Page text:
Jiufen Old Street 九份老街
For many months, I’ve waited to see Jiufen 九份. Many say that this decommissioned mining town inspired Miyazaki Hayao in creating his spectacular film, Spirited Away, and it was obvious: at the entrance of the street, the strong aroma of various mouthwatering dishes and snacks assaulted my senses. There were red lanterns and beautiful stores selling trinkets along the way. Wbe we visited, there were hundreds of Japanese and Korean tourists, and everywhere I looked, crowds thronged and waited for their turn to take photos of each corner of this beautiful street.
I hope I could say I tried everything I could get my hands on, but I didn’t. There were many local delicacies I should have tried, such as taro balls, grilled snails, and grilled mushrooms. Here are some of the stuff that we saw at Jiufen.
I’ve never liked cats (mostly because I have a terrible allergy to cat hair), but I loved the many cat ornaments in Jiufen. They even had a store devoted to pet cats!
Before we headed back to our hostel, we wanted to take a picture of the famous tea house that we see in postcards. However, we couldn’t find a space where we could take a good shot. I was close to giving up, but then my friends found a spot from across the street. The owner of the cafe across the street chatted them up and asked where we’re from. When he learned we were from the Philippines, he gave us the seats with the best view! He talked a bit about politics, then left us to admire the view of the tea house, the mountains, and the sea.
Where We Stayed
We stayed at Sunday Inn along Shuqi Road. If you’re going to visit anytime soon, make sure you book Sunday Inn. Kellen, our host, has been very gracious and generous. Our room has AC, a shower with heater, cable TV, and fast Wi-Fi connection. I can’t recommend it enough. However, if you want to find more hostels in the area, visit Booking.com today. (Please note that if you make a booking using my link, I may receive a small amount as commission.)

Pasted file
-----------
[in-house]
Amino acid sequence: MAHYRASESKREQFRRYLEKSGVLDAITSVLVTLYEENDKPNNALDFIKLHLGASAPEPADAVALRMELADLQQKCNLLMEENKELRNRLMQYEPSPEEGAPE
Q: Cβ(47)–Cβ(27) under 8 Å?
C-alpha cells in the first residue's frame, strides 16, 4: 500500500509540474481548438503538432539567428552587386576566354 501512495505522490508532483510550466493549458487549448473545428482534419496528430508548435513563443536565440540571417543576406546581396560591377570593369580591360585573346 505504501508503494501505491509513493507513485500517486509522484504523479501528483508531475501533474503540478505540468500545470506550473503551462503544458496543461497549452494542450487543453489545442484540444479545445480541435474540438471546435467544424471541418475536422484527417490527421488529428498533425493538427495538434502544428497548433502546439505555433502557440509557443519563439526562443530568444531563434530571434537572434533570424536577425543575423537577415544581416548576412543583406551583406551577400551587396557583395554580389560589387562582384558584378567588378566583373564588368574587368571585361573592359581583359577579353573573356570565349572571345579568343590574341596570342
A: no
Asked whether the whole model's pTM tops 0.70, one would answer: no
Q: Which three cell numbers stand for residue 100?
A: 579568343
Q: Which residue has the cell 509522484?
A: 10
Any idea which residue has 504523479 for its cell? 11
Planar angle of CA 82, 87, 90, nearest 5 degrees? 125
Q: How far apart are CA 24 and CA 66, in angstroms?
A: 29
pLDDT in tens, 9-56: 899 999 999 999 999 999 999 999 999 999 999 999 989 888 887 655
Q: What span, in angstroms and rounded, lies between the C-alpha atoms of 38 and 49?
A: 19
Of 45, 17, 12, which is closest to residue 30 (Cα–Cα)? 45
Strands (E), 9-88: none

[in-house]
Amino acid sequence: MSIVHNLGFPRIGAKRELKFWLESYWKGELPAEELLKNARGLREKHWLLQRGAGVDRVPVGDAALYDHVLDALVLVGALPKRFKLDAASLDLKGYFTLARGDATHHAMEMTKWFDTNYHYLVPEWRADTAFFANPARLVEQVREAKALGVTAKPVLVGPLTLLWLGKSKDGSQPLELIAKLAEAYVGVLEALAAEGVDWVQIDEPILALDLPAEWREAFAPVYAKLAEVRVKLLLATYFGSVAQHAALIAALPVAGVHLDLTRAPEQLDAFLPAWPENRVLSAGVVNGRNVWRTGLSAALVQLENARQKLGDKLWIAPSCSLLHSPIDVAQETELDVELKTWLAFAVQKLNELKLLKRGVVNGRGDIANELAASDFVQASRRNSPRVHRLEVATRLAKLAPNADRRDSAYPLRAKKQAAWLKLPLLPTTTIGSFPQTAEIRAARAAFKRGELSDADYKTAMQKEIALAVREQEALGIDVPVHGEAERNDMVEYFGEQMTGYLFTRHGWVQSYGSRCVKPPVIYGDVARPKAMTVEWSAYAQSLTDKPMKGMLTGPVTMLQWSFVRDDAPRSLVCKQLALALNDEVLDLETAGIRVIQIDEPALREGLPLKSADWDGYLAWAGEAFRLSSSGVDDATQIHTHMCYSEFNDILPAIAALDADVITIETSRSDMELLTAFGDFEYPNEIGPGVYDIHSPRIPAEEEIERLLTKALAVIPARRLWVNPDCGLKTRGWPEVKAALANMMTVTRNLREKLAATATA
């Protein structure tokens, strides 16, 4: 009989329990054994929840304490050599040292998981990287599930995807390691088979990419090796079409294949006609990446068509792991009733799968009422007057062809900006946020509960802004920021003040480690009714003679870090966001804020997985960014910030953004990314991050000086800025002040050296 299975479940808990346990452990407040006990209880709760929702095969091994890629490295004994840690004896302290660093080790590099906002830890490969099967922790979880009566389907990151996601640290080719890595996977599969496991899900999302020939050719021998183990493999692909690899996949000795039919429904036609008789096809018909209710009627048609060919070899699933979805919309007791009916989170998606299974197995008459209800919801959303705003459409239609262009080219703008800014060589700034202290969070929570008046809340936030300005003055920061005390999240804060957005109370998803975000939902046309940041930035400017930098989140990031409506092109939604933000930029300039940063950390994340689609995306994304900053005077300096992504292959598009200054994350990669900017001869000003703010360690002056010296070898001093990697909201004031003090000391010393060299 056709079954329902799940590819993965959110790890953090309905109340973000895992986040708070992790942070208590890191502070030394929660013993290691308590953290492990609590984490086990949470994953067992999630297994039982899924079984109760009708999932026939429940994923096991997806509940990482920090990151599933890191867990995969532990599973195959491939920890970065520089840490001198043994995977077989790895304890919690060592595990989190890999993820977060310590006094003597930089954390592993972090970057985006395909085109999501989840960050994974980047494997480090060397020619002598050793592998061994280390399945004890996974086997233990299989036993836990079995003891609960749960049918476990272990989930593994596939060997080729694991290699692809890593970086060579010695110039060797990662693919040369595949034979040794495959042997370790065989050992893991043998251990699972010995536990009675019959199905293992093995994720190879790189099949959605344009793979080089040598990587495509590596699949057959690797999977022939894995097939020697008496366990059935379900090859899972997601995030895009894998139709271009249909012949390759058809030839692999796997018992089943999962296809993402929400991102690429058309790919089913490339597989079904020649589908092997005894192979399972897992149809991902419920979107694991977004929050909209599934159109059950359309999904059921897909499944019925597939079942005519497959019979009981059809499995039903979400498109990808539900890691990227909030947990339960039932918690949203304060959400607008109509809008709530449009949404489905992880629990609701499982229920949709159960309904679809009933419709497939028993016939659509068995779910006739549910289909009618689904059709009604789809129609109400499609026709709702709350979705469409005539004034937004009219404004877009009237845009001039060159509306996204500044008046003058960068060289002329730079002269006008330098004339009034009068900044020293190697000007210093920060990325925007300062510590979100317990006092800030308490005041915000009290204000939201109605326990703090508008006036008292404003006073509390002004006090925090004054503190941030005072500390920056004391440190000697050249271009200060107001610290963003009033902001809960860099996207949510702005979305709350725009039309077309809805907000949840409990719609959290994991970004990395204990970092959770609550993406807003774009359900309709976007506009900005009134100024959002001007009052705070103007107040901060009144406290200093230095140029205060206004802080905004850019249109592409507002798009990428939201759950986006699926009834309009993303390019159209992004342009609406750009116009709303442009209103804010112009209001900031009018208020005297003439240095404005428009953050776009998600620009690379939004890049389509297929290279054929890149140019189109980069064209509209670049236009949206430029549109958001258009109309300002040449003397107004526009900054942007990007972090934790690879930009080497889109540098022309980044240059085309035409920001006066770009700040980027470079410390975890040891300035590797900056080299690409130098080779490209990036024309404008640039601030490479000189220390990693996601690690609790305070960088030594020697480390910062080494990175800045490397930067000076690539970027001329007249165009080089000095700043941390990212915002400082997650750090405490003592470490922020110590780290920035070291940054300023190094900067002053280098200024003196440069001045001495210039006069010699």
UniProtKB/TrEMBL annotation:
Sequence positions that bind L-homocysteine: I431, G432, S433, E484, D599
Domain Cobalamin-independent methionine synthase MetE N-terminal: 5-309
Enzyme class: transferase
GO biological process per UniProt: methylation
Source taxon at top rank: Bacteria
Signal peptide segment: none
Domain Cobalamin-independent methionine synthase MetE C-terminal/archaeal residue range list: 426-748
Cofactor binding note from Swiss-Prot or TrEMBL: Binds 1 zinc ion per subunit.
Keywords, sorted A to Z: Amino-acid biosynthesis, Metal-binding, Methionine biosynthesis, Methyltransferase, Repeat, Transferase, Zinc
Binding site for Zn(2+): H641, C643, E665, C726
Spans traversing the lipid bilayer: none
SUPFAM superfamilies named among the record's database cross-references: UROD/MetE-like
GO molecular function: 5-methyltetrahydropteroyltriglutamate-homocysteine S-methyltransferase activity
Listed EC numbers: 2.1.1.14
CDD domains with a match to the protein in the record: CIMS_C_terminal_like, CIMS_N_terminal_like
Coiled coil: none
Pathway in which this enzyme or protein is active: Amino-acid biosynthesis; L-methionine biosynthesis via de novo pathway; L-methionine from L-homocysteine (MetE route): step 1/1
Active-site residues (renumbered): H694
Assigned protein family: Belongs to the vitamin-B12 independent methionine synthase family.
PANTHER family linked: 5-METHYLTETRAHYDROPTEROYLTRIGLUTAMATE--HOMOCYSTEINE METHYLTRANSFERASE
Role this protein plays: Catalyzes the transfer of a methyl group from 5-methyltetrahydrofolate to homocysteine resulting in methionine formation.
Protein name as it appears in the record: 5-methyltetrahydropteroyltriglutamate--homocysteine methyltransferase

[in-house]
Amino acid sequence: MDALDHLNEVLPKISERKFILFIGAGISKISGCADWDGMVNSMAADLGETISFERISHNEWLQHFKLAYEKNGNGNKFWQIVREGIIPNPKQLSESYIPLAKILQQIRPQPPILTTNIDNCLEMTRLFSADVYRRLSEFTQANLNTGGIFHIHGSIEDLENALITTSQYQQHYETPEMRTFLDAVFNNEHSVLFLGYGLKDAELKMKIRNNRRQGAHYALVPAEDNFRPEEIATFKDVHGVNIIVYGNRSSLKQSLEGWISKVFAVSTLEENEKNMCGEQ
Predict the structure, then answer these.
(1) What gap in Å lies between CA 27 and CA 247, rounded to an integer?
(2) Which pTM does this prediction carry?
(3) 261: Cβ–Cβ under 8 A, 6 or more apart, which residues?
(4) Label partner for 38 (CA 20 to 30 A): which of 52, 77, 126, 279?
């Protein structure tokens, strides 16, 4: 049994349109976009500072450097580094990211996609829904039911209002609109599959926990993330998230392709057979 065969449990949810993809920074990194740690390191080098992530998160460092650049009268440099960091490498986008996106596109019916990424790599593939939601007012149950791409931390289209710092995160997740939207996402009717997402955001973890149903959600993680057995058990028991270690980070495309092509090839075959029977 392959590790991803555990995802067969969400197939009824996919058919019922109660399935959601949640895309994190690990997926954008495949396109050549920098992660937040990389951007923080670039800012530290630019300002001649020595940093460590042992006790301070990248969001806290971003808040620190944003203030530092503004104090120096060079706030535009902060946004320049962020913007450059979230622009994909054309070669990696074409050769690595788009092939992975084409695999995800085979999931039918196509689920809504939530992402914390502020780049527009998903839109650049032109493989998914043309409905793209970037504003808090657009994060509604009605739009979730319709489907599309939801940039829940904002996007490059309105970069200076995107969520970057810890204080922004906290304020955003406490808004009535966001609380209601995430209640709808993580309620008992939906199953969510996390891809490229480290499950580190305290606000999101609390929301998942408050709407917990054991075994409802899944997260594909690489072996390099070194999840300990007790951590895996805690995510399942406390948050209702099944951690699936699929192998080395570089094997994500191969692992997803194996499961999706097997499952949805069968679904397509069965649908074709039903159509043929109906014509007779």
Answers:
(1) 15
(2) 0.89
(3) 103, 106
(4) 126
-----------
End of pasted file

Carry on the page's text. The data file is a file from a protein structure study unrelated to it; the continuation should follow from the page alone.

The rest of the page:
Needless to say, it was an unforgettable experience. Given the chance, I will go back to Ruifang in a heartbeat. I want to visit the other stations along the Pingxi Line, and I hope to stay longer in Jiufen to learn more about the town’s history and culture.
This post is part of a series on my Taiwan trip. I visited Jiufen in October 2016; if there are any outdated pieces of information, let me know.
In October, crossed off an item on my bucket list when I visited Ruifang District in New Taipei with good friends from college. After months of planning (c/o my friend Gracie) and daydreaming, we finally went to visit the old streets of Pingxi 平溪 and Jiufen 九份.
Since it was the first item on our itinerary, we headed straight to the Taipei Main Station 台北車站 from Taoyuan Airport. From there, we took a 50-minute ride on the TRA to Ruifang 瑞芳 Station. Commuting via Taipei’s public transportation system was just so convenient.
(A word of advice: when you’re going backpacking across the country, make sure you bring a backpack, so you won’t hurt your back or look silly when you’re trying to fish for your wallet in your large bag.)